mother of four.
During a year of treatment that successfully put her
cancer into remission, Mendes wondered how financially strapped women were
managing the costs of the disease.
“I remember during the beginning of
the process, being astounded at the ancillary expenses,” she says.
lucky because I had disability insurance, but many women don’t have any cushion.
It is expensive to be sick. You and your spouse lose time from
Maybe you need extra child care and cleaning help, and perhaps you
have to buy prostheses and a wig, and medications that aren’t covered by
[national health insurance].
“There are a million things, and I thought
people shouldn’t also have to be in a financial crisis when they’re enduring the
worst stress they’ve ever been through. I can’t help cure their cancer, but I
can help alleviate their financial burden.”
Mendes talked to other women
and to social workers at hospital breast-cancer centers, coming away convinced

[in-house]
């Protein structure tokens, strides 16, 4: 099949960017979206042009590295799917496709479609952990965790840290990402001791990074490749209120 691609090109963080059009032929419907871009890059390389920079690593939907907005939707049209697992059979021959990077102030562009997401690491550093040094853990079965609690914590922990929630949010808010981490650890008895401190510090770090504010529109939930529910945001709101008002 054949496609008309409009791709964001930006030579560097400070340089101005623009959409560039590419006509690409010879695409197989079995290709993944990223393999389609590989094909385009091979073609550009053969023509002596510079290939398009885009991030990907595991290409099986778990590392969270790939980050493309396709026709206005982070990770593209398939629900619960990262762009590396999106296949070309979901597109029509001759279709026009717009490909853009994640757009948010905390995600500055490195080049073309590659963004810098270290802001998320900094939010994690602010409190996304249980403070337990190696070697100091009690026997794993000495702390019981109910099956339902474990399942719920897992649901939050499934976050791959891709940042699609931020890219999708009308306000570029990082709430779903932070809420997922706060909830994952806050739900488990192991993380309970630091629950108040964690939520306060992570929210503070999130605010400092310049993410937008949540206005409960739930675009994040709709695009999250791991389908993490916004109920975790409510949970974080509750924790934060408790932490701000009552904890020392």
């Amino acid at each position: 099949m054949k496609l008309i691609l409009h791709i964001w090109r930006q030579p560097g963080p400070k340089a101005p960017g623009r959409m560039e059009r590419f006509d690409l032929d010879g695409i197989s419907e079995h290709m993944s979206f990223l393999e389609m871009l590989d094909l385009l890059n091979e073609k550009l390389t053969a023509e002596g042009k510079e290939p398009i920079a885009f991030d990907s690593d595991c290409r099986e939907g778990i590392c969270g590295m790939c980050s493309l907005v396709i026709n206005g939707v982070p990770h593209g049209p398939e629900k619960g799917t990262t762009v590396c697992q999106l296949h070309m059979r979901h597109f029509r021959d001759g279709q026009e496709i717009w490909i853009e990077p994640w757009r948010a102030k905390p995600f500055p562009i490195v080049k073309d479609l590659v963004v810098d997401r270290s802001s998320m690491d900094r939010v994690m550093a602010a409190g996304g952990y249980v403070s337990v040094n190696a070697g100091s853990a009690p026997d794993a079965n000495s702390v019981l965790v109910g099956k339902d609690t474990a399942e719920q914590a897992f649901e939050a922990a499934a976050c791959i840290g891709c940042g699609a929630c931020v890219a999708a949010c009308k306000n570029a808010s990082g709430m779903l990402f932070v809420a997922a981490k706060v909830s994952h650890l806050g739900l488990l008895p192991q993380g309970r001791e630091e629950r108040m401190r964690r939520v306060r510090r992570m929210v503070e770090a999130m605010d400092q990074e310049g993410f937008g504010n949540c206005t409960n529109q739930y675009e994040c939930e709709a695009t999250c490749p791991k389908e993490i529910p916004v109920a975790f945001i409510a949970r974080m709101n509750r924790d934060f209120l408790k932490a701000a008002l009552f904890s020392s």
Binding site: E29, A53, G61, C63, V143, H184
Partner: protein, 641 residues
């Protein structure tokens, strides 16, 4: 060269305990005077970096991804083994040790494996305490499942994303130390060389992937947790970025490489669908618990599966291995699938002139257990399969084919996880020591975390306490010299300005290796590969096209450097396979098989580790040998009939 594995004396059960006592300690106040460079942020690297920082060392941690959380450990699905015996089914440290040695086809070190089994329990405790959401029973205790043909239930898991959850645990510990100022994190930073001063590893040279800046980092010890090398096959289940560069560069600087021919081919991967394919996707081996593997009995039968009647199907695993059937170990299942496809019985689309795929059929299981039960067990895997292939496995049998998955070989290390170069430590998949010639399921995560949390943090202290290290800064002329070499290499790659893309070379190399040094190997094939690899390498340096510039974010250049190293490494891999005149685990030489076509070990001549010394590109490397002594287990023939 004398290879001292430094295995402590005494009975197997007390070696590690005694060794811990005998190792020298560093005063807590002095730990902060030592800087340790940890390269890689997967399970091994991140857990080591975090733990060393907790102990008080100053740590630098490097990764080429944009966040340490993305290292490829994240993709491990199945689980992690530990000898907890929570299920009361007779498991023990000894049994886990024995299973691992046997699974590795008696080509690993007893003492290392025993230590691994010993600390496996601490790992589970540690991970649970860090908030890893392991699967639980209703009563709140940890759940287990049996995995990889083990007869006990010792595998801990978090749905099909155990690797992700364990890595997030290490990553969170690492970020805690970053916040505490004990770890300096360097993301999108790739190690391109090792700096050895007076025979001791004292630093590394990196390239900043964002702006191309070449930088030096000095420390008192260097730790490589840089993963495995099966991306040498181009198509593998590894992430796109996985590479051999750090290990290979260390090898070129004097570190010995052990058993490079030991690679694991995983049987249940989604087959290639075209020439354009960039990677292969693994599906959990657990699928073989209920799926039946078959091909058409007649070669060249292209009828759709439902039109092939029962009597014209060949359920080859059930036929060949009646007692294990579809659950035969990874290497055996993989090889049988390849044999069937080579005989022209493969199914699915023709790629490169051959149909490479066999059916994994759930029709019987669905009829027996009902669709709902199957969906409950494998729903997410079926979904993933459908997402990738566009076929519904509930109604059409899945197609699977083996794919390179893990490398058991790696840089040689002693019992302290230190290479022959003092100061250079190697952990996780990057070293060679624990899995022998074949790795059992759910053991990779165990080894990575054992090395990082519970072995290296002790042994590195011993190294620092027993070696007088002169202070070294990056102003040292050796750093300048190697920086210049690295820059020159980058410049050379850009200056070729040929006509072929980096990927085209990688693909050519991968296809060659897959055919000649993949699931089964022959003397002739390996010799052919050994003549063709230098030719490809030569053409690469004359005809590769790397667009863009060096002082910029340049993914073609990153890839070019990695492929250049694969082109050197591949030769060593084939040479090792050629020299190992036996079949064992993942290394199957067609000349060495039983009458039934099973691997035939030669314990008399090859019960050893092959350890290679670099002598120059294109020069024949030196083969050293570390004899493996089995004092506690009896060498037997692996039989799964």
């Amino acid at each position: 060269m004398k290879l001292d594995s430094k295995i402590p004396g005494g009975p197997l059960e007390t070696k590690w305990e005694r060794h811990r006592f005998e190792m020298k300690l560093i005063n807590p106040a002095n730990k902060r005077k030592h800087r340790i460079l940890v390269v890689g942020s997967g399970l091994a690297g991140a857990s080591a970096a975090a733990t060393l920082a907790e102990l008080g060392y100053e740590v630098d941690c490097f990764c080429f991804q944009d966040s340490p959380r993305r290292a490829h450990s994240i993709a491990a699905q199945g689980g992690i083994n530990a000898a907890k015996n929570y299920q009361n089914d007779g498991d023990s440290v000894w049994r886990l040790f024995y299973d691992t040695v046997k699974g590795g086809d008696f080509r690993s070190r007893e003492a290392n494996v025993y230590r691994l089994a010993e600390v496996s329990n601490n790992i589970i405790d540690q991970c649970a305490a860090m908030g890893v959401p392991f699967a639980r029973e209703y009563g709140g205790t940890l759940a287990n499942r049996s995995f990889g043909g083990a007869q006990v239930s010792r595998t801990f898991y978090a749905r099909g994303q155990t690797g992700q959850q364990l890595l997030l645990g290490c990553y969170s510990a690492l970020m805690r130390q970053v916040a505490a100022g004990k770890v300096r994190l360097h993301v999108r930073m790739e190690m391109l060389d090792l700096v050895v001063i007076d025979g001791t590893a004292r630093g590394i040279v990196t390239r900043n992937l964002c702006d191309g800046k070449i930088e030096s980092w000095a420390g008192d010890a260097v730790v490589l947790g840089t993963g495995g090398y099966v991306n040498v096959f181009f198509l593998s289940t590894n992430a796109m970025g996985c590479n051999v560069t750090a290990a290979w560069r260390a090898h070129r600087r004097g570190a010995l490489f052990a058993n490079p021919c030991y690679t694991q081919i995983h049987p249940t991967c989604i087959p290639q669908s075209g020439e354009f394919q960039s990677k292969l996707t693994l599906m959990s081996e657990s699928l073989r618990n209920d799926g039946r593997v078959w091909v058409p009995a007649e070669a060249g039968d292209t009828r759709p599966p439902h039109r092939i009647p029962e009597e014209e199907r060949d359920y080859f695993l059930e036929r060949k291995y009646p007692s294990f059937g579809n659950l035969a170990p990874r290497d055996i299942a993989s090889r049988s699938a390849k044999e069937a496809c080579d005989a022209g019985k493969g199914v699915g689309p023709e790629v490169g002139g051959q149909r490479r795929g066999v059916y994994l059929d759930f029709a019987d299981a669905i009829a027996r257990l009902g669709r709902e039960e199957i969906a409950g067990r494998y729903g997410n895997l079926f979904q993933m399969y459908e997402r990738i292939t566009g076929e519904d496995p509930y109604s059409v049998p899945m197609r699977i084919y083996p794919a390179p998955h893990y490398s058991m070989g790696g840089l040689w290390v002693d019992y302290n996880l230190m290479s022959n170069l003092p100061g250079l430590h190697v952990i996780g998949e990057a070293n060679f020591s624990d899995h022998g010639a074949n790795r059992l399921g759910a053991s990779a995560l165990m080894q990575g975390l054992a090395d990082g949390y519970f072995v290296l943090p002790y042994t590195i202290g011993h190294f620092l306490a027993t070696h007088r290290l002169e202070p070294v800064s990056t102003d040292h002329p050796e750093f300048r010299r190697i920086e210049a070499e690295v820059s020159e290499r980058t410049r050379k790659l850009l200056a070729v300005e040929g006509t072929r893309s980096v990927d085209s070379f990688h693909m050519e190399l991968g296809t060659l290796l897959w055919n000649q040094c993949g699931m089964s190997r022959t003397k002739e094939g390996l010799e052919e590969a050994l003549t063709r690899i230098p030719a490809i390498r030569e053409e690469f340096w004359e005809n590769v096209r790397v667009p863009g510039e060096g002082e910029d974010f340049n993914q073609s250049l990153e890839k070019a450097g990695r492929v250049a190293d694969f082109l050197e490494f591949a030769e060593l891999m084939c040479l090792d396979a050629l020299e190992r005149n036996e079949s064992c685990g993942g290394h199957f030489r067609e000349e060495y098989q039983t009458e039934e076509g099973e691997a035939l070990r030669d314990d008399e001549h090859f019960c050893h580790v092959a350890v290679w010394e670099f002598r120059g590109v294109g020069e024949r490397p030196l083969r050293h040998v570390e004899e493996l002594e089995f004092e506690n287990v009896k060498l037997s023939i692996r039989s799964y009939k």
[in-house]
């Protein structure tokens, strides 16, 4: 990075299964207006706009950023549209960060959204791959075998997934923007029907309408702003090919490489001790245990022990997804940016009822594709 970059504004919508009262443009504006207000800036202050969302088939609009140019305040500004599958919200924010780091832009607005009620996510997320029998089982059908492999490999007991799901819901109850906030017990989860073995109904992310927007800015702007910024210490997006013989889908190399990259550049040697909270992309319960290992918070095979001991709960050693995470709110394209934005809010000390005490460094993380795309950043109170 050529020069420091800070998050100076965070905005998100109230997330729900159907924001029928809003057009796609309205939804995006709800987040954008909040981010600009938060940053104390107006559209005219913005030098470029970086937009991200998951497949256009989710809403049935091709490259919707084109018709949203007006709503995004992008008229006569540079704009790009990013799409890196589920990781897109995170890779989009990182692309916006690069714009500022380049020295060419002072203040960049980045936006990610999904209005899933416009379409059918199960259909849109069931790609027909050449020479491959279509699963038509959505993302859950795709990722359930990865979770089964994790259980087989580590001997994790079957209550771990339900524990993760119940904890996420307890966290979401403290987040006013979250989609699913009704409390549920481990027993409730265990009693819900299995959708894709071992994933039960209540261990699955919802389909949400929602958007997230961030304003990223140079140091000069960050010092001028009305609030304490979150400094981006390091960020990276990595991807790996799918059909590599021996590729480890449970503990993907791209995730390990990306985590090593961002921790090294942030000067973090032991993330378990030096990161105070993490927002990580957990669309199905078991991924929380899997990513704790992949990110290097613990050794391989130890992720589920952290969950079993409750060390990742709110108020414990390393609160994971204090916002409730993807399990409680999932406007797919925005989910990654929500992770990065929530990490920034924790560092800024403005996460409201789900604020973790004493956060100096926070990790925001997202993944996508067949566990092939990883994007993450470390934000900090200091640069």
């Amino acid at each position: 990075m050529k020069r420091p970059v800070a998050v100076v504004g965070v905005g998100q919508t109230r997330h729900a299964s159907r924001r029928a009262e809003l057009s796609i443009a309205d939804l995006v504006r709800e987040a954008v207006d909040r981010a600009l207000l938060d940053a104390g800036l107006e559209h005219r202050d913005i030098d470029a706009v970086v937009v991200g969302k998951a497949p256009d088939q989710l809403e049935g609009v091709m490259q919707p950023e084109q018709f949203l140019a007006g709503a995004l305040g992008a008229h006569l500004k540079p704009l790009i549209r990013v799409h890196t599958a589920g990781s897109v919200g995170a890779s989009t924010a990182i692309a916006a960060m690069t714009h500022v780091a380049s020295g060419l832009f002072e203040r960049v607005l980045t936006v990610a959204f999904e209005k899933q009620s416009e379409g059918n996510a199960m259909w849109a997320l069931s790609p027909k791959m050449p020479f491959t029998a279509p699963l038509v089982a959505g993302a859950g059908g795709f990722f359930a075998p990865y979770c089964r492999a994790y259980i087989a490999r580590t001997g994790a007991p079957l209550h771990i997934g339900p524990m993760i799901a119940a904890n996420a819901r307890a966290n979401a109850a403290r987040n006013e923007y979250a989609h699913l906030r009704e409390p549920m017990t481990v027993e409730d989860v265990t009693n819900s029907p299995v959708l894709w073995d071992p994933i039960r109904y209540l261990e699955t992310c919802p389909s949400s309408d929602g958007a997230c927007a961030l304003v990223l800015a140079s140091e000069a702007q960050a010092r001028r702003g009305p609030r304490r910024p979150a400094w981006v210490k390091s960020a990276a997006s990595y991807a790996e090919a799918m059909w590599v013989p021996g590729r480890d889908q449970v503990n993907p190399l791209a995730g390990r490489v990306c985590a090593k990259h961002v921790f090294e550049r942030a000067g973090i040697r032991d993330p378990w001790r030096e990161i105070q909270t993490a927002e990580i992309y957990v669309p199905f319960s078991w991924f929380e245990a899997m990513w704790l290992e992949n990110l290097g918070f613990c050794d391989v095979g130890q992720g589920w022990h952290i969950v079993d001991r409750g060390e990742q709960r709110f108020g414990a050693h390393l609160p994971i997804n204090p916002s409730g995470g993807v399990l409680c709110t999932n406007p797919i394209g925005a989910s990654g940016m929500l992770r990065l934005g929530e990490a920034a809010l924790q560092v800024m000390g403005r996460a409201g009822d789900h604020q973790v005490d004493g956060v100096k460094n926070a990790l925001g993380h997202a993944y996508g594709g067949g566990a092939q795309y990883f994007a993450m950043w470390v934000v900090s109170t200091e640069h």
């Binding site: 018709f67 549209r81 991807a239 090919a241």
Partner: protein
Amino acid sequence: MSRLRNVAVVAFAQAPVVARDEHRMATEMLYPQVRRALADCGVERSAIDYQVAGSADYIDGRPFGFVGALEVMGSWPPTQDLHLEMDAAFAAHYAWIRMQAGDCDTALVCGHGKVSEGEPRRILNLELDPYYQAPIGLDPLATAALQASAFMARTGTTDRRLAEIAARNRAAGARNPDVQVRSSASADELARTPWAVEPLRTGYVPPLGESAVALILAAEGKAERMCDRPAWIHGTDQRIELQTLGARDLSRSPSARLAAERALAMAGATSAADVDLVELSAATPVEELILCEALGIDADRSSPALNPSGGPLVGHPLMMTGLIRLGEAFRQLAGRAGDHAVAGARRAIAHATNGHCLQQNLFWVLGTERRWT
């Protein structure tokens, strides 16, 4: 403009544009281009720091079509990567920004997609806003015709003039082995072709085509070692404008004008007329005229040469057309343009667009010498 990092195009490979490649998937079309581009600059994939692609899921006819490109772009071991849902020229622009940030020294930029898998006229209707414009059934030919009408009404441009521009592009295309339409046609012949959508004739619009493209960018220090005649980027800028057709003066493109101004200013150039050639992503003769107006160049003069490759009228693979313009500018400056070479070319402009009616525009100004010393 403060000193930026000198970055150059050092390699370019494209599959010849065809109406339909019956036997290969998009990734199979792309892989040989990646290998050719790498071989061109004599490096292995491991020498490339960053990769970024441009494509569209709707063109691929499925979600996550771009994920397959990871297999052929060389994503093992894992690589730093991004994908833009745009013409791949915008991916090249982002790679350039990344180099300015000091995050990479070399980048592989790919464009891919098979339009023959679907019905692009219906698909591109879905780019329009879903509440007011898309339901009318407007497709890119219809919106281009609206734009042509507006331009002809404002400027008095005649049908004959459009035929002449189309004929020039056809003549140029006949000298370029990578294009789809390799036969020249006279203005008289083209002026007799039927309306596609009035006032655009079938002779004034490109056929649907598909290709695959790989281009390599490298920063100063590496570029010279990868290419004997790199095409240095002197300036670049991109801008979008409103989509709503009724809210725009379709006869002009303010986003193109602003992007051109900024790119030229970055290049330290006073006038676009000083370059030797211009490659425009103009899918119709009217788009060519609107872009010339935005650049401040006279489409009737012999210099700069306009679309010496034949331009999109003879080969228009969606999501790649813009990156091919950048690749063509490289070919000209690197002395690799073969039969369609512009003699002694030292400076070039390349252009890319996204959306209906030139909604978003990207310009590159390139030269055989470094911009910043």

that nothing like what she envisioned existed in Israel. The Israel Cancer
Society, for example, gives NIS 1,000 grants, and another fund aids Ethiopian
immigrants suffering from cancer. Mendes wanted to give a significant amount,
and specifically to those with breast cancer.
“We definitely saw a big
need, because all the existing funds are very small and sometimes it takes a
while for the money to arrive,” says Amalia Magen, head social worker at the
Breast Center at Meir Medical Center in Kfar Saba, where the fund’s first five
grantees are patients. “This fund came really exactly in time.”
who needs something like breast reconstruction must come to the hospital many